Bill Aims to Curb Discrimination for MI Families with Housing Vouchers
Friday, April 14, 2023
A new report found thousands of Michigan families using Housing Choice Vouchers are often left out in the cold by landlords who refuse to rent to them.
A bill in the General Assembly would protect people who need affordable housing from discrimination based on their income source.
The report from the Michigan League for Public Policy showed children forced to live in substandard housing are excluded from high-performing schools as well as safe, healthy homes and neighborhoods.
Julie Cassidy, senior policy analyst for the league and the study's author, said discrimination often forces families away from good housing.
"Landlords that accept vouchers have units in distressed neighborhoods, areas of concentrated poverty," Cassidy pointed out. "It's not really giving families access to neighborhoods where government and the private sector have really concentrated their investment."
Cassidy noted Housing Choice Vouchers are a proven tool, helping nearly 65,000 Michigan households afford a safe place to live, 41% of which have children. The report found landlords earn more than $647 million annually from voucher tenants.
Compared to families in public housing, Cassidy emphasized children whose families use vouchers are more likely to attend college and have increased economic security in their lifetimes. She added the vouchers can be used by families with income not derived from wages or a salary.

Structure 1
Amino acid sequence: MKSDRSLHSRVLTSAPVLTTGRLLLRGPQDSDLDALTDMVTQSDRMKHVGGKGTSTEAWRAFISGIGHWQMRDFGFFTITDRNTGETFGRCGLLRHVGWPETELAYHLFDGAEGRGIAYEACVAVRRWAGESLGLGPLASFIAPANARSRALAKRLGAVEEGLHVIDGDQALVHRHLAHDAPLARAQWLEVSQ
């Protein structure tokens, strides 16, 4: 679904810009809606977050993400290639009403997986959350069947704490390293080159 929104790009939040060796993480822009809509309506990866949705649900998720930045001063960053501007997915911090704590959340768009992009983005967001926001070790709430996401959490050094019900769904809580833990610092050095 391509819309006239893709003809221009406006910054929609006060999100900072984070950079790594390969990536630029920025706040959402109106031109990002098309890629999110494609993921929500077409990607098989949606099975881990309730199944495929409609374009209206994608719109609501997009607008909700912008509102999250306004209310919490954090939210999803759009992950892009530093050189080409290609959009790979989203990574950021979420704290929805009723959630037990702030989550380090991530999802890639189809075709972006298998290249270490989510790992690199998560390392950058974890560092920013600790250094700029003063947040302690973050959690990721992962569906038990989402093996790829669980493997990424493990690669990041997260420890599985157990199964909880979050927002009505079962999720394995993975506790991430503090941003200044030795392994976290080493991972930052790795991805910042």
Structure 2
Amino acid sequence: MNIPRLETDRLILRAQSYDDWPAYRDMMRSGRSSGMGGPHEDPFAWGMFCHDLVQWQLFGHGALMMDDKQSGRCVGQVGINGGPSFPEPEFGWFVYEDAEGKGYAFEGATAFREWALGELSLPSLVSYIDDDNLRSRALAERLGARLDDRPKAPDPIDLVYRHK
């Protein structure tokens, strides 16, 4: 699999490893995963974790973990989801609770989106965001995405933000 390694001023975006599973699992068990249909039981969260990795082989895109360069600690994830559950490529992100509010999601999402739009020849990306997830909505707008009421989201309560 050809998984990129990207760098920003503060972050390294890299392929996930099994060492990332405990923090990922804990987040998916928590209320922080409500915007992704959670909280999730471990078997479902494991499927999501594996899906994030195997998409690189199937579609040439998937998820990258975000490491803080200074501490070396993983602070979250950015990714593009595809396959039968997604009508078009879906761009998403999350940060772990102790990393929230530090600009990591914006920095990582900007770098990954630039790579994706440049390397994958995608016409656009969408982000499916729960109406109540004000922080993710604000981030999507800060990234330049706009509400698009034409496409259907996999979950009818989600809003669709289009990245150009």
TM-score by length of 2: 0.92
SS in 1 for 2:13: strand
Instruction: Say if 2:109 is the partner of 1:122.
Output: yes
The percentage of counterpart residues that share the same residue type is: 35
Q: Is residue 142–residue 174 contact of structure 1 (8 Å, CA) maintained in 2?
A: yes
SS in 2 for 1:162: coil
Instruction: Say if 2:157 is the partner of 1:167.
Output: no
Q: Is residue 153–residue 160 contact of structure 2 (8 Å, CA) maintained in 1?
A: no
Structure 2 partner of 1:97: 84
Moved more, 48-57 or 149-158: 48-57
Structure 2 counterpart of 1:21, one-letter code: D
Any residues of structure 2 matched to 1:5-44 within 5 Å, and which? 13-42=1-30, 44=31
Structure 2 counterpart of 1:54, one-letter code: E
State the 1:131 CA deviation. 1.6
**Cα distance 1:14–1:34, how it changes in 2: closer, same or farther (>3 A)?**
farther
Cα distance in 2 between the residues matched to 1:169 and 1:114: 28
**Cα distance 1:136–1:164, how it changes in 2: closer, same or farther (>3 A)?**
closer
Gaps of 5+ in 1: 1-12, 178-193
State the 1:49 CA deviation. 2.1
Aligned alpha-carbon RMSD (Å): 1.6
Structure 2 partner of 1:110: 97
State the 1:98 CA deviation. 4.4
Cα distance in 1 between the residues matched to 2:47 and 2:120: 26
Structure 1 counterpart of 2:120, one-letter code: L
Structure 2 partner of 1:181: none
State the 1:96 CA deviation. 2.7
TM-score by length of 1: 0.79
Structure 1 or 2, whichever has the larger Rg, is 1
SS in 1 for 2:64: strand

"Any kind of public assistance -- disability benefits, veterans' benefits, Social Security -- just basically anything that comes from something other than a paycheck," Cassidy outlined.
Cassidy stressed another impact of such discrimination, is how it reinforces the very deep legacy of racially-based housing discrimination in the United States.
"In previous decades, explicitly racist housing policies channeled families of color into lower-quality rental housing, in neighborhoods that have been deliberately situated near environmental health threats," Cassidy explained. "That didn't happen by accident; those were all policy choices."
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